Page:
UNEARTHING critical information from the early 1990s about the design of Sidmouth’s coastal defences and their technical history has caused further delays to East Devon District Council's Beach Management Plan (BMP) project.
The aims of the current project are to ensure that Sidmouth's sea defence scheme is performing as it was designed to do when it was built in the mid-1990s, and to consider what can be justified to reduce the rate of erosion at East Beach.
The historic information, held by Royal Haskoning, is needed to enable the council’s current consultants, Halcrow:
• to review the scheme’s performance against its design standard of service
• to produce baseline reports setting out the current understanding of the physical processes, the environmental setting, the history of the development of the coastal defences and their design rationale
• and so to complete phase one of the project, ensuring that the options to deliver the aims, which are to be developed and appraised in phase two, are as well informed as possible.
In April this year the council expected that the historic information would be available in time for Halcrow to produce the baseline reports for discussion at a steering group* meeting in September.
Unearthing the historic information has taken much longer than expected, partly because Royal Haskoning had to search for the information in archives going back 20 to 25 years and select the relevant reports that we need for phase one. This means the baseline reports will not be available for discussion by the steering group until next February.
There is some good news. The delay in uncovering all the necessary historical data has also allowed the council to include pre and post storm data from winter 2013 and spring 2014 in the analysis that Halcrow will be presenting to the steering group next year.
The council's deputy leader Andrew Moulding, who chairs the BMP steering group, said: “The success of this project depends on our current consultants developing a sound understanding of the coastal processes, the environmental constraints and opportunities, and most of all the history of the development of Sidmouth’s sea defences and their design rationale.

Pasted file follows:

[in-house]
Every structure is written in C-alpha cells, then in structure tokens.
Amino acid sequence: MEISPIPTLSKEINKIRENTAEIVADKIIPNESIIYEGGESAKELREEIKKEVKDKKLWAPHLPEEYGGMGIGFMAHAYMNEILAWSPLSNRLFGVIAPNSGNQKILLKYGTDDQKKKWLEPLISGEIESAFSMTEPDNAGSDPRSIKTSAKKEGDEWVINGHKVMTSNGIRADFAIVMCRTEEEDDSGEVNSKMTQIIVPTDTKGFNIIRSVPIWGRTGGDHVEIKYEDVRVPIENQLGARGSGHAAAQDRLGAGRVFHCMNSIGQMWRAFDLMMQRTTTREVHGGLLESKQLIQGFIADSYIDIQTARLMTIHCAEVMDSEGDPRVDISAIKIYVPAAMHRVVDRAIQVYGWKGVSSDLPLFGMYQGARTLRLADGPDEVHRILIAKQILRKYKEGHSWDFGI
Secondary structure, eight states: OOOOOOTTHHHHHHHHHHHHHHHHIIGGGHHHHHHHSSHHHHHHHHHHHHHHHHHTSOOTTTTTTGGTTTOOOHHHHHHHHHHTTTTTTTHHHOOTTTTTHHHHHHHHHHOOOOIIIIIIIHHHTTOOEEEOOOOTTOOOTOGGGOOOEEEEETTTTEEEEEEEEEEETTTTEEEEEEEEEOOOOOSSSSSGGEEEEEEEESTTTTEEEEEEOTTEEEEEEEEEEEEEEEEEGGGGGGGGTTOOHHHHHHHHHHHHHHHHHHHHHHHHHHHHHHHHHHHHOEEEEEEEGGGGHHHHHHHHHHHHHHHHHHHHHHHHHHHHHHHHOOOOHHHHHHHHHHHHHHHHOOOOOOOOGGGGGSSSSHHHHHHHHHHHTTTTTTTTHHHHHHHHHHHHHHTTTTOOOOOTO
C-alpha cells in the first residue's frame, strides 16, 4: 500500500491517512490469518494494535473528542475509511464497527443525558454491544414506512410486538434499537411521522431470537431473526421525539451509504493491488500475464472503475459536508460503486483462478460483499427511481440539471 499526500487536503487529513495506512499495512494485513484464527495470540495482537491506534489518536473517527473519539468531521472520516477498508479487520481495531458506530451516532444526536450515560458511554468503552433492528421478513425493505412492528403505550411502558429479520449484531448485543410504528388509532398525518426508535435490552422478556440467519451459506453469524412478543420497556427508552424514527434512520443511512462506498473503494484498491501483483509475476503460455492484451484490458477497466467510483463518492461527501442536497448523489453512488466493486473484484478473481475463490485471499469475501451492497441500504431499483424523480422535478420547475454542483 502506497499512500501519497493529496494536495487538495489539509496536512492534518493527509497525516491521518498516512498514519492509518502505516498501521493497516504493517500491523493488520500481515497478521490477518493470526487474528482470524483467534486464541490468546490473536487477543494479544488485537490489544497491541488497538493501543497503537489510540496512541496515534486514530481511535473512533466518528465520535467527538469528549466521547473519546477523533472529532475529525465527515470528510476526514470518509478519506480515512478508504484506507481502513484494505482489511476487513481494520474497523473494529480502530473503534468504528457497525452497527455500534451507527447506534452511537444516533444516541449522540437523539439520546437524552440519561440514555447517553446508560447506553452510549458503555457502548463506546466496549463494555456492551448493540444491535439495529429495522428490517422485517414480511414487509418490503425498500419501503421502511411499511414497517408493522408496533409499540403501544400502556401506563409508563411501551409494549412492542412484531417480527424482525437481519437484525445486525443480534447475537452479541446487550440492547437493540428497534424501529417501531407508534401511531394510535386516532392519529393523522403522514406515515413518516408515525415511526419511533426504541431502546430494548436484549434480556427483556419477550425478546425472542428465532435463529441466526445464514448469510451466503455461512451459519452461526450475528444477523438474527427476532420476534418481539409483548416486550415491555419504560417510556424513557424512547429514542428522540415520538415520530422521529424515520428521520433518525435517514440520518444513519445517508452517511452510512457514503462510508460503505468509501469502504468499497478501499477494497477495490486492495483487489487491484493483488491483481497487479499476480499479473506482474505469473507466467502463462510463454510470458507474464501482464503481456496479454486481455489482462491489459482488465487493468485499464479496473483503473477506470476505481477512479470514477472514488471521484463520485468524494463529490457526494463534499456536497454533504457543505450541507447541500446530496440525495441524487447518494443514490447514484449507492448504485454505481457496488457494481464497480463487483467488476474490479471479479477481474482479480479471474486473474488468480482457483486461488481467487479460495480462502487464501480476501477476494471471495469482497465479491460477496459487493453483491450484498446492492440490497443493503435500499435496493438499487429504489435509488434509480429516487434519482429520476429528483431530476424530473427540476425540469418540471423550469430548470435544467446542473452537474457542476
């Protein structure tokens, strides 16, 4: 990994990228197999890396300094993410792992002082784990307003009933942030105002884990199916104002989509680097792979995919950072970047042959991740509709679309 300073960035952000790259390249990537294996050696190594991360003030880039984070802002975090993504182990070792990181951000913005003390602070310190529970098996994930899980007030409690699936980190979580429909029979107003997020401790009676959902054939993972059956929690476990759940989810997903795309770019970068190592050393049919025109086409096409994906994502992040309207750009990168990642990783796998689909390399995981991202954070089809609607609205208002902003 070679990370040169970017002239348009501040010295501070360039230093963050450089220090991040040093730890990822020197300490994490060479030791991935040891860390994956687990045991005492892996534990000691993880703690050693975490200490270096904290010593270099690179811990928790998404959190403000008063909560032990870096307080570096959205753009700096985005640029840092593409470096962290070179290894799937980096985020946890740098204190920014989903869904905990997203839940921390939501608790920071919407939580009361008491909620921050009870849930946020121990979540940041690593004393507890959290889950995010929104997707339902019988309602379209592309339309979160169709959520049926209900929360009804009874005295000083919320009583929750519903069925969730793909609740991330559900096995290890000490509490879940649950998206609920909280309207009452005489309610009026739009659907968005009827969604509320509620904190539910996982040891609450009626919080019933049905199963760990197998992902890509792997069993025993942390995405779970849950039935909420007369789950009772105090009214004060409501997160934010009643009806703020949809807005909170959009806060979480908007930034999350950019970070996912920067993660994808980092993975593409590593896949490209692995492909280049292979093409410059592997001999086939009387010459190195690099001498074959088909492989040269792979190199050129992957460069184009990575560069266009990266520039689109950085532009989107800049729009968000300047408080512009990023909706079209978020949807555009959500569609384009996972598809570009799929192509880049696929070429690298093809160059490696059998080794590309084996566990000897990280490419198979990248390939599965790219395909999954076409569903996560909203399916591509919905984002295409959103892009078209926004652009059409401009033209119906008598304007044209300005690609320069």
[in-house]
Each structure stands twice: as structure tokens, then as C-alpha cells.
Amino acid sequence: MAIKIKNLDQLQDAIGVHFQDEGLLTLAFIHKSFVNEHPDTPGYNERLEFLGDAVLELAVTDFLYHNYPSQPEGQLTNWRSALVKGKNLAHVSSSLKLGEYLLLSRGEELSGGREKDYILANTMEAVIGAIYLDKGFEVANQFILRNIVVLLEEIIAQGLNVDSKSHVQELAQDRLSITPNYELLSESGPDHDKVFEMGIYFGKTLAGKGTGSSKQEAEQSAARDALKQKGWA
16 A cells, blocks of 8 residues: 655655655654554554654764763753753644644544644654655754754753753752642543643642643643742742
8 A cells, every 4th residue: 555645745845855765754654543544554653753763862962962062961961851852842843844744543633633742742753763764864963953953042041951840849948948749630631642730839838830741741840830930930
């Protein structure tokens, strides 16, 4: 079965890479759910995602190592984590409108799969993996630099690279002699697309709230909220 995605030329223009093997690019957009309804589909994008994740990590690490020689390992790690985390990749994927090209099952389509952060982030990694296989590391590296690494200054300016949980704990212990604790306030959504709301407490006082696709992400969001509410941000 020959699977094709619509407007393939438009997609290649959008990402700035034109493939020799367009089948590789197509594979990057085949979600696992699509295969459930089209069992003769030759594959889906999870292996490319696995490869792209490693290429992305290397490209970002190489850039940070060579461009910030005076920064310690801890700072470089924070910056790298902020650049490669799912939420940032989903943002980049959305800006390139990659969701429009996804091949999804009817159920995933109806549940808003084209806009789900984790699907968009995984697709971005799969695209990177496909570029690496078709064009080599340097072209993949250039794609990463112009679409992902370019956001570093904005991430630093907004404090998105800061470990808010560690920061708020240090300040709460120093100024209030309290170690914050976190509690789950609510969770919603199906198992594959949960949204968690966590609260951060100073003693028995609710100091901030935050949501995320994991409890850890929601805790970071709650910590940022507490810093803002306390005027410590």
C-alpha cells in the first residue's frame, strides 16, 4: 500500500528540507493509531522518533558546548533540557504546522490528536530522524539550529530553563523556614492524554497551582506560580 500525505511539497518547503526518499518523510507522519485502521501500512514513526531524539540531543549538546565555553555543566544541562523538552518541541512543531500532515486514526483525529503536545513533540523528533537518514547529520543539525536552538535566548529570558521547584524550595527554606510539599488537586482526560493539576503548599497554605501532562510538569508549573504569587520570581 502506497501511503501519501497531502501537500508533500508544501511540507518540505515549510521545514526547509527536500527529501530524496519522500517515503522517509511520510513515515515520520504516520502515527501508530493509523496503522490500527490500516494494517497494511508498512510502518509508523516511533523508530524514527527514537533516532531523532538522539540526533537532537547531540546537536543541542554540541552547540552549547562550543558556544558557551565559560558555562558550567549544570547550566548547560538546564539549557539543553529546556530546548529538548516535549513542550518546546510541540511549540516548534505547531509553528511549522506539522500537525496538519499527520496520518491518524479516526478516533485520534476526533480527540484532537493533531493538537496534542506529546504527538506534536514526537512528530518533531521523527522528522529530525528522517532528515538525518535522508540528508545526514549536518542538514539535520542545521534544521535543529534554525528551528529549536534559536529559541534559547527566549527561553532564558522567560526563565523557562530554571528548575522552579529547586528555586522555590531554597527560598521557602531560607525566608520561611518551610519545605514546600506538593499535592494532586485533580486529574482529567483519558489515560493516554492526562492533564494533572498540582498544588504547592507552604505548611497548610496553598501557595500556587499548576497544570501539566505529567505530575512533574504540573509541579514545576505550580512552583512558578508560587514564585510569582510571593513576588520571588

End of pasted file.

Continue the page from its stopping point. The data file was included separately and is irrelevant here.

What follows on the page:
"That requires reliable information about the design history of the sea defences that the council does not possess, so we asked the consultants who designed and built the defences to help. They have been very helpful but it has taken a long time to locate everything and so we have decided to postpone the September steering group meeting until February.”
“Any delay is of course unfortunate, but we have to look at a project like this in the round. Developing a sound understanding of past work and decisions is a critical, early phase of what will be quite a complex and lengthy programme of work that is likely to be measured in years rather than weeks or months.
"For example, once we get to the point of applying for funding we could be looking at a wait of many months before any necessary grants and permissions are forthcoming.
“To ensure we get the best possible result for Sidmouth – and that is our aim – we need to be as thorough as possible. If being thorough means waiting patiently while all the historic technical data is located and analysed, then the delay is something we are prepared to live with. This is not a task that can be rushed.”
The missing historical data is vital in helping the current team understand the design standards of the most recent coastal defence schemes. This in turn will help them to advise us on any new beach management processes or physical structures.